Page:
The concept of karma was first originated in India to describe a relationship of cause and effect; “the effects of all deeds are viewed as actively shaping past, present, and future experiences“. Hundreds of years later, the social media karma idea emerged heavily relying on the same traditional trend that goes: “Do onto others as you would do to yourself.”
In a vast virtual world where each of the online users aim to seek recognition, be known, be heard, and be “someone” who people desire to be associated with, karma seems to be a fine defining ground of online intentions! Karma comes across as having the power to add balance to online relationships and differentiate between spammers, heavy advertisers, blabbers, time-wasters and those individuals who are really looking forward to make a change, invite others into their world and make them a part of it while being a part of theirs as well.
In life, there is always give and take! Karma ensures, to some extent, that this kind of relationship exists and persists between the members of social media communities therefore, good karma can only be earned by dedicating free time to positive community activities such as:
- Submitting content that the community values
- Initiating and relating relationships with other community members
- Contributing to blogs of community members via comments, linking and guest posts
- Reading and voting for your friends’ content
- Adding meaningful insights to conversations within the community
- Asking for nothing in turn for your positive contributions
Amongst the famous social media sites that utilize karma, the following list comes to mind:
- Slashdot‘s comments and moderation system
- Reddit‘s social bookmarking activity counter
- Twitter’s follow Friday & retweets
- Plurk’s user activity
- Digg‘s thumbs up vs. bury
While reading “Social Media Karma: Be Proactive! you can easily see how valuable karma can be not only in bringing people together to share arts, culture, music and ideas, karma could also open windows of opportunity for businesses aiming to create long lasting relationships with potential clients as well: “Prior to now, business reputation could often be made through advertising and public relations slight-of-hand. But the world is becoming more and more transparent and, simultaneously, elephant-like. It sees more and forgets less. Karma is certainly not an invention of social media. But social media highlights how people react when healthy social reinforcement is in place.”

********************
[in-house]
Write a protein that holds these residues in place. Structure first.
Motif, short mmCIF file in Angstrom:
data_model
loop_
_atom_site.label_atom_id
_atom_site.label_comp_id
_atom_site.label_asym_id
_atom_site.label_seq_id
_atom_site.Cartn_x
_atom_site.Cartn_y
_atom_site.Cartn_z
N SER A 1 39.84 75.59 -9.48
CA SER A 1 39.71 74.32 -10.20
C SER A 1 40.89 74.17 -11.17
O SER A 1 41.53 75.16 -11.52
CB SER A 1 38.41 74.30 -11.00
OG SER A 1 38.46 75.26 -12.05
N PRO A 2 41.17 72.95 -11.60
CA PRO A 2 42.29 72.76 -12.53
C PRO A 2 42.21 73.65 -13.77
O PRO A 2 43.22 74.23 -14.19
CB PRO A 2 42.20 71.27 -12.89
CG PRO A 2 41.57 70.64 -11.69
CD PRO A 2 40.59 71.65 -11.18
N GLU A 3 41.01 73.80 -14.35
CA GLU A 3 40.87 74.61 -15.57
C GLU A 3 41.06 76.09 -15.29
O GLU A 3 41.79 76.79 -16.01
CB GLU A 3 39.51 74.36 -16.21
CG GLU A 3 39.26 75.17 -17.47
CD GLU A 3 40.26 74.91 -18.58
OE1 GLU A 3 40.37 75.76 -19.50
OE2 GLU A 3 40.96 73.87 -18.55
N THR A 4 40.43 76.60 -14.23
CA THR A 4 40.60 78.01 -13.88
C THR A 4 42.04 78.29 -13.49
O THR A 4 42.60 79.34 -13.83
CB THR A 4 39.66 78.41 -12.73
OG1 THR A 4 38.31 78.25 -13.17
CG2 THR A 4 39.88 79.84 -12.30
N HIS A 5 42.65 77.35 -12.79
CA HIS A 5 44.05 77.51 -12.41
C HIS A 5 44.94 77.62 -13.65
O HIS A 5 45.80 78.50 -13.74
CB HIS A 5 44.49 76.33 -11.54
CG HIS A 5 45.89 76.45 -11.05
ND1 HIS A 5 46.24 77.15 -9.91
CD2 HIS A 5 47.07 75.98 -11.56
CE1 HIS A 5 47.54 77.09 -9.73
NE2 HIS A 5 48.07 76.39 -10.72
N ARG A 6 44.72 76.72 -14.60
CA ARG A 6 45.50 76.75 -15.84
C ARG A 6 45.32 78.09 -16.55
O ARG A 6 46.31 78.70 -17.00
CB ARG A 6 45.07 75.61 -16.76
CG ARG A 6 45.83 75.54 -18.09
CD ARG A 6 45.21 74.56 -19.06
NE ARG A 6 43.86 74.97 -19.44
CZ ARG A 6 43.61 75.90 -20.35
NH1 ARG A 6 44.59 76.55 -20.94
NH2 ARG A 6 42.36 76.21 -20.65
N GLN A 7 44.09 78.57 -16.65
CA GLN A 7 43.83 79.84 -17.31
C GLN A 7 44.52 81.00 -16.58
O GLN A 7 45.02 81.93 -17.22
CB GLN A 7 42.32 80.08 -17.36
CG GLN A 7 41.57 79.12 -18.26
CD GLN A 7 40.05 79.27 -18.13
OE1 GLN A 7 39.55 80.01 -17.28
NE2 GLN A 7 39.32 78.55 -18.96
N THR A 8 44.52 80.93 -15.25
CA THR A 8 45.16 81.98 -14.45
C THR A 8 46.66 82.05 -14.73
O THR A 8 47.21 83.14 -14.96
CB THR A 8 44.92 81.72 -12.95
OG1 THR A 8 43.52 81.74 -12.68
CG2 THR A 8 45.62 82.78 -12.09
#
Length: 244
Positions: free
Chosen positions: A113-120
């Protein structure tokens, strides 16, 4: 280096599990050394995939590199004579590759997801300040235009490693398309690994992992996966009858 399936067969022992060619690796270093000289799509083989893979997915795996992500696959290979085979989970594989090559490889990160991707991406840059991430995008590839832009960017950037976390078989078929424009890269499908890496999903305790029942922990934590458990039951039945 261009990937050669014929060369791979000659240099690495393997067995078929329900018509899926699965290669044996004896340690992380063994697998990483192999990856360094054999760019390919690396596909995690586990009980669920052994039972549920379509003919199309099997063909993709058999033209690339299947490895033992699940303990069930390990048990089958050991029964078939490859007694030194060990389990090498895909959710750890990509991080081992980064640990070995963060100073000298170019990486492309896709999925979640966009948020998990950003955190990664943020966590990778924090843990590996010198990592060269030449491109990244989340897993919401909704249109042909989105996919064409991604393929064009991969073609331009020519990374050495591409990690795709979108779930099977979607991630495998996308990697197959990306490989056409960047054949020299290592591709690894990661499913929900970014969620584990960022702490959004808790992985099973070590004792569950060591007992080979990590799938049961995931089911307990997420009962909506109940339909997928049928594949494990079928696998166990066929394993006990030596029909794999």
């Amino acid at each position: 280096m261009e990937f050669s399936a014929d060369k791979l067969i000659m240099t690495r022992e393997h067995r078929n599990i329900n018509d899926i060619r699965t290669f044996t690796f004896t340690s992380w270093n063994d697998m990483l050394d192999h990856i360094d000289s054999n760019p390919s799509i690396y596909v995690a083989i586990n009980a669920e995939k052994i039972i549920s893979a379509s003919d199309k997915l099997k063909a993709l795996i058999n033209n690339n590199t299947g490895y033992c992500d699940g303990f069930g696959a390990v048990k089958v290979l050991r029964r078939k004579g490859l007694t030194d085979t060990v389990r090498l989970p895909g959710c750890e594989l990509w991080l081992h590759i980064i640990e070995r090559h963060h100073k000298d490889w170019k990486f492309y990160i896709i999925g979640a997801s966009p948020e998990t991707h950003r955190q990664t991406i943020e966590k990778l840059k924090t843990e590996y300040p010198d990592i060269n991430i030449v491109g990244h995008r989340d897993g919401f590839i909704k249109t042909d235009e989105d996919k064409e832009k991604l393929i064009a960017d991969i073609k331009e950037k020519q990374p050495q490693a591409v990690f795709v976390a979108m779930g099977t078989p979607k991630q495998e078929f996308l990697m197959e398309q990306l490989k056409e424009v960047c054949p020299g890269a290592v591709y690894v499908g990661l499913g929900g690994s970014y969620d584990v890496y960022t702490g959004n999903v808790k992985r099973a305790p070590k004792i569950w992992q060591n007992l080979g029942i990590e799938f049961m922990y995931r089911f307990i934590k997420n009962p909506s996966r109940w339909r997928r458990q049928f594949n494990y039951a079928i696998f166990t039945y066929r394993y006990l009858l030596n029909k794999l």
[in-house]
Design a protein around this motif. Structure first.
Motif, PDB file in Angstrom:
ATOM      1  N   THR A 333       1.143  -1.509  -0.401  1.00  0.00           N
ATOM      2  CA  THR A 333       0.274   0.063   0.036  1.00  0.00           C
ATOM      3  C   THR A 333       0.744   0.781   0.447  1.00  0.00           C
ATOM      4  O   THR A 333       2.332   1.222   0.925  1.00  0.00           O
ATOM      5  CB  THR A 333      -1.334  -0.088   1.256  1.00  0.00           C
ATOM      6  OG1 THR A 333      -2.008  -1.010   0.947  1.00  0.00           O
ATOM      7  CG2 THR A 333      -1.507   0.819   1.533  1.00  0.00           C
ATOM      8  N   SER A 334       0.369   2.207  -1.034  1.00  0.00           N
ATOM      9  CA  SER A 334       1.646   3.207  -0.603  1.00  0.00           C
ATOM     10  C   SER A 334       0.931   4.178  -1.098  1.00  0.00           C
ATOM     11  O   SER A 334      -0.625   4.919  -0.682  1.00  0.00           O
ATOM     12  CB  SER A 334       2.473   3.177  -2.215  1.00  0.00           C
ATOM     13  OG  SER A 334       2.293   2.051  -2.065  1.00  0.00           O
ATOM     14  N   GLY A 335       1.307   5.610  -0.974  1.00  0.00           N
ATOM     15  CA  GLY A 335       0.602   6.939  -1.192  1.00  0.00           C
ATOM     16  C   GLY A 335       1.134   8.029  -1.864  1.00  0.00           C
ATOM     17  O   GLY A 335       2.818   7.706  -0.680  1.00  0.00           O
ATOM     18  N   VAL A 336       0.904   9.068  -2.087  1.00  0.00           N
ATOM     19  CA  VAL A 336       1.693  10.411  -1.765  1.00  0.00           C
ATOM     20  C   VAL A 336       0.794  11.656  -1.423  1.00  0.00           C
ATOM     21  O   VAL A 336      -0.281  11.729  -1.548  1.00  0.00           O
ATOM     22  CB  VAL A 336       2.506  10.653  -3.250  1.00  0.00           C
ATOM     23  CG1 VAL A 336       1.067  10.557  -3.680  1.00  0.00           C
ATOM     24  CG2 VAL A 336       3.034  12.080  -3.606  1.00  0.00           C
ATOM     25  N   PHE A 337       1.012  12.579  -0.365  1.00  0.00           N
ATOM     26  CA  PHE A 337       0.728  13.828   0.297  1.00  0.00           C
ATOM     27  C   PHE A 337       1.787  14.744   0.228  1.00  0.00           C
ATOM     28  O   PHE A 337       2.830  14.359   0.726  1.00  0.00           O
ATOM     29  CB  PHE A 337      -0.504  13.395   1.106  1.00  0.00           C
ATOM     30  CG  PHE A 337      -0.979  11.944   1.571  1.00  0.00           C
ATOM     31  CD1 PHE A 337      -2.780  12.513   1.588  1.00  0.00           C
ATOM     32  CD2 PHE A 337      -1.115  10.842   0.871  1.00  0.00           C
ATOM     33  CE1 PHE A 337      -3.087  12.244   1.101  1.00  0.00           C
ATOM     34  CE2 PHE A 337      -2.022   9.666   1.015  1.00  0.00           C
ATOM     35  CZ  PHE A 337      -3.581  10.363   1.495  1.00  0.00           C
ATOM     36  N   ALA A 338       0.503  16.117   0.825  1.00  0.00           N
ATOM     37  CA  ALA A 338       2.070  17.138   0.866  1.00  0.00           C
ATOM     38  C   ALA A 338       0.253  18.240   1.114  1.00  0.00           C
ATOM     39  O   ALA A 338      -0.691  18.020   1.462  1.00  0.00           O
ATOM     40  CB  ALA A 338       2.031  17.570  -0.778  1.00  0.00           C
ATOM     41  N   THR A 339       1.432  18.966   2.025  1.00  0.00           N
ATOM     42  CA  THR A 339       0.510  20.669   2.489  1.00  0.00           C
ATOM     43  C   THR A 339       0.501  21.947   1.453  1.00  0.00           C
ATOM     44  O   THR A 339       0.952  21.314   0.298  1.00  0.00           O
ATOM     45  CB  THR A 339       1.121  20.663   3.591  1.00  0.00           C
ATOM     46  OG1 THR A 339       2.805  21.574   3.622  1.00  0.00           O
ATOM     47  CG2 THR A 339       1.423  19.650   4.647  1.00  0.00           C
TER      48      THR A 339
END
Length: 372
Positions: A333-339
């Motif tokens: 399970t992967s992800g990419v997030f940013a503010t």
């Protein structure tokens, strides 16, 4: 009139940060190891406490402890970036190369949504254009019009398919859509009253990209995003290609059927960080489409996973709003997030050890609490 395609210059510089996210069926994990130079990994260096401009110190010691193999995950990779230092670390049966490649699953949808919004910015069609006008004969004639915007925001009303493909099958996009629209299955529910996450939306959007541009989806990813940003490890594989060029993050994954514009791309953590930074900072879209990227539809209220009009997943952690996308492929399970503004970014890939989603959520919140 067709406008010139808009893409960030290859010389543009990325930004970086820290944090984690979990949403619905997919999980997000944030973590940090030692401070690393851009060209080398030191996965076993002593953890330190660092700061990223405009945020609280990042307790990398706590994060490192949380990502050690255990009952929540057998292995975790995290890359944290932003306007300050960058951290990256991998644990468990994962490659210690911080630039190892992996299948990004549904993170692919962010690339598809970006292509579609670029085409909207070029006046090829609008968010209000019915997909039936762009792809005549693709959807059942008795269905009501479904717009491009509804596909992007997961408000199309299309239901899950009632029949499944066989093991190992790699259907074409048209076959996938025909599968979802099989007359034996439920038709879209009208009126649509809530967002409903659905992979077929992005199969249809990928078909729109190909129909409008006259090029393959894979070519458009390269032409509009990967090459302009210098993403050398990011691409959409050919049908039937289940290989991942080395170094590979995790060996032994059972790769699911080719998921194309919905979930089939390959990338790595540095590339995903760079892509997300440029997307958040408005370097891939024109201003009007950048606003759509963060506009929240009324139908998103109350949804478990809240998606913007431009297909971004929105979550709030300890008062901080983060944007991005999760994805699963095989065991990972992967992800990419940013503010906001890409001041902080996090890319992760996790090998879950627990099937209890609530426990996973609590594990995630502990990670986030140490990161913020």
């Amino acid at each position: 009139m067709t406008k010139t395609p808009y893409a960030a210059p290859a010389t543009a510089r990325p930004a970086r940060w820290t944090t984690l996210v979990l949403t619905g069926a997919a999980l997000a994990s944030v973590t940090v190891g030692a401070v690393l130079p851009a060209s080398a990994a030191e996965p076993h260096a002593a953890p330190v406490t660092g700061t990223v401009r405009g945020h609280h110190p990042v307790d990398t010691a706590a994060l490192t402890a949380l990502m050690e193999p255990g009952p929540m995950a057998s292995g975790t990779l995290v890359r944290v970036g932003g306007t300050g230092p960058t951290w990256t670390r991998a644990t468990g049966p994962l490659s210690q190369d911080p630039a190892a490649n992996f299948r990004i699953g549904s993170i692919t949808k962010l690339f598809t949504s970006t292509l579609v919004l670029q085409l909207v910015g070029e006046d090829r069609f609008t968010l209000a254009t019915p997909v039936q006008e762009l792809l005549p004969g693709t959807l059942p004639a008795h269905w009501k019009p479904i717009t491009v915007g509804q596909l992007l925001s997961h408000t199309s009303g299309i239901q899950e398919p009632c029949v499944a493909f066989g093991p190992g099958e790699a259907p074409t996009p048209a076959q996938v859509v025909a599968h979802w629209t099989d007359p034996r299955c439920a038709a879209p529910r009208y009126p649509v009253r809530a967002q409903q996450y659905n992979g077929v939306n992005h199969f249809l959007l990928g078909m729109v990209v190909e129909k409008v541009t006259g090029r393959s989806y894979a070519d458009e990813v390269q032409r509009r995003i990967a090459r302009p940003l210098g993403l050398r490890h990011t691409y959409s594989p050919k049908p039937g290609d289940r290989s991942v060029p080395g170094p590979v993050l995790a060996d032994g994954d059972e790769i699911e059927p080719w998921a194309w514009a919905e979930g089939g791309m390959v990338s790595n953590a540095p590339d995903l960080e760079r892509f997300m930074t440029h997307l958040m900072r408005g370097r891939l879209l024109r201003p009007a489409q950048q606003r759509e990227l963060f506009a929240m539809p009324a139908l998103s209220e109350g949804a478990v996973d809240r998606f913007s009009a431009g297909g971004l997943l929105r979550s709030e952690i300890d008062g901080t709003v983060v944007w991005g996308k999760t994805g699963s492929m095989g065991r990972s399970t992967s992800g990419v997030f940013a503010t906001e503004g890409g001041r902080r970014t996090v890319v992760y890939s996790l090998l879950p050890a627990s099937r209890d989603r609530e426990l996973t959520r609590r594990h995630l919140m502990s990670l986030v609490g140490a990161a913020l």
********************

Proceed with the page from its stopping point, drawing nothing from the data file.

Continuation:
So how does karma work?
Well, basically, like everything else on the web, karma has certain calculations, an algorithm based on variable factors such as:
- Duration: The period of time the user has been a member of a certain network or community
- Contributions: The overall number of contributions he/she shared
- Activity: How active the user was
- Rankings: Positive/Negative rankings by other community members
- Rejection: Number of people who have blocked the user or his/her comments
- Communication: How active was the user in communicating with others
This all seems way too simple. But it never is!
Apart from the fact that trying to fulfill karma requirements consumes great amounts of time and effort, it doesn’t always work and it certainly won’t always pay off! There are always hidden rules, here and there, that will prevent you from reaching, as Plurk calls it: The Karma Nirvana! You may be following the social media commandments to the bone by empowering others and yet lack their support in return for any reason!
As I have noticed from my endless research about this topic, karma might be a reason why the phenomenon of blind voters came to play and why some people actually try to play around the system in one way or another to earn karma they are not worthy of!
“Karma ain’t that good!” And I must agree! For such a great, peaceful concept to be transformed, or worse yet mutated, into a discrete yet gruesome competition is just sad!
To conclude, allow me to ask you something: Is social media karma all what it’s blown out to be? Or is it just an evil plot to alter behavior and manipulatively condition online users? I urge you to think about it.
** Great thanks to Man With Dominos / Web link: The Middle Way for the image :)